Japan holds legislative elections today that will lead to the selection of its next prime minister. The main issue is the state of Japan’s economy, the world’s third largest after America’s and China’s.
Although 12 parties are fielding candidates, the real competition is between Japan’s ruling Democratic Party and the Liberal Democratic Party, which led the country from World War II until it was supplanted in 2009.
Prime Minister Yoshihiko Noda has been in office since September, 2011. He is the Democratic Party’s third prime minister since it won the 2009 election. Shinzo Abe, the head of the LDP, is a veteran politician.
Mr. Noda has taken a courageous approach to try to fix the Japanese economy, which has had severe problems for years. Its current growth rate is negative, having contracted in the third quarter of this year. In recent years, Japan has suffered not only the general pain and misery of a trading nation in the global recession, but also the major blows delivered by last year’s earthquake, tsunami, and Fukushima nuclear disaster.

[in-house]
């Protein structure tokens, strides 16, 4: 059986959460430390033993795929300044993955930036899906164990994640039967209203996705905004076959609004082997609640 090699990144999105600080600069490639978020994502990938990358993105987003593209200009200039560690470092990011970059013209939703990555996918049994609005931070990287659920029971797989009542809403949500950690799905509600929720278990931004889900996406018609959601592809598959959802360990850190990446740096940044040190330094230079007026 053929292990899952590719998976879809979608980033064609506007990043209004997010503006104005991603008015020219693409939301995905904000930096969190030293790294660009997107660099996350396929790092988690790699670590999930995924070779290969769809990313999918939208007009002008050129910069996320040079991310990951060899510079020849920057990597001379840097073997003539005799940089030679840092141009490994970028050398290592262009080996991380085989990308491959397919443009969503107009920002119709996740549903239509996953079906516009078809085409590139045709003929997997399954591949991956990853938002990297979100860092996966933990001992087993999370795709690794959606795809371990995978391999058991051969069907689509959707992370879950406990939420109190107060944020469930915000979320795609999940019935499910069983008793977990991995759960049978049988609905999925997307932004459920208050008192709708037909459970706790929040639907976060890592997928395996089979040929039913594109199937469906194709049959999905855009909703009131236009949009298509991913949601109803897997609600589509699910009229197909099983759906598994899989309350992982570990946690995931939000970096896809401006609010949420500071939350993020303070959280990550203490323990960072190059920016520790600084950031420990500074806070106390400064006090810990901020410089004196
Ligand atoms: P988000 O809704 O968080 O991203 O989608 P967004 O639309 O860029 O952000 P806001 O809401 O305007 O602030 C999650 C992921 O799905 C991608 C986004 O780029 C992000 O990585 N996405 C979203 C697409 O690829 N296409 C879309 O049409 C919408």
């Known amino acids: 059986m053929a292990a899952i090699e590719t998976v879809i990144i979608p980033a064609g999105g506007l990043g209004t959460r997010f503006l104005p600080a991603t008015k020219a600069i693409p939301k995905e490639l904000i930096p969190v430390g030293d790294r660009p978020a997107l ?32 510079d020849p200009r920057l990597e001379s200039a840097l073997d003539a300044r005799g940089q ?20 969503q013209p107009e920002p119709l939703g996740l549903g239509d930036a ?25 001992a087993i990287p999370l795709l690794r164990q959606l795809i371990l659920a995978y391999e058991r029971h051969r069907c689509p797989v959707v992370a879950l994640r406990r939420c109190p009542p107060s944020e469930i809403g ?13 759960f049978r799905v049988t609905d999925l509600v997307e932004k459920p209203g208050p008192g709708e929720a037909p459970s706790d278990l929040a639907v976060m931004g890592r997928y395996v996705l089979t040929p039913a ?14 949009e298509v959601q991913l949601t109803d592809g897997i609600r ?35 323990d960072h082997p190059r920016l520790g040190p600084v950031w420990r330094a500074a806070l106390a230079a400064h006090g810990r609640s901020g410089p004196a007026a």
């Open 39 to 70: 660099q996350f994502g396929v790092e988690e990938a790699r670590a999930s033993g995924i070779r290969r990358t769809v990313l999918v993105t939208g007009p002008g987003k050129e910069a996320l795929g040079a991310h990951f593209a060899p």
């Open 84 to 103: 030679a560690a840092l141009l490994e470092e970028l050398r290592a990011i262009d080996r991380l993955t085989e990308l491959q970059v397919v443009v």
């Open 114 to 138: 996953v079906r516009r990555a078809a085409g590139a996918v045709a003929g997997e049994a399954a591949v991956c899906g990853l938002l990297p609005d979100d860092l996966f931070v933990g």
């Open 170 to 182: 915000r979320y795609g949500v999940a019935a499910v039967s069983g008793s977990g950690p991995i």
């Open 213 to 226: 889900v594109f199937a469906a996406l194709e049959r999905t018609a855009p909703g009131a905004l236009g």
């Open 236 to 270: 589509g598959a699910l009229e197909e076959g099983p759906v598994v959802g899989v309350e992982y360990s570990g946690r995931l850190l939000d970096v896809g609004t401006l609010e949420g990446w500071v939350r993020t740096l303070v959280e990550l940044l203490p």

A budget shortfall has caused Mr. Noda to propose the correct but politically dangerous measure of raising Japan’s sales tax. The revenue from that increase, he says, would cover the rising social service costs of responding to the needs of Japan’s aging population.
Today’s election will suggest whether Japanese voters are prepared to take their fiscal medicine in the form of higher taxes, or whether — like voters in the United States and elsewhere — they demand less painful approaches from their national leaders.
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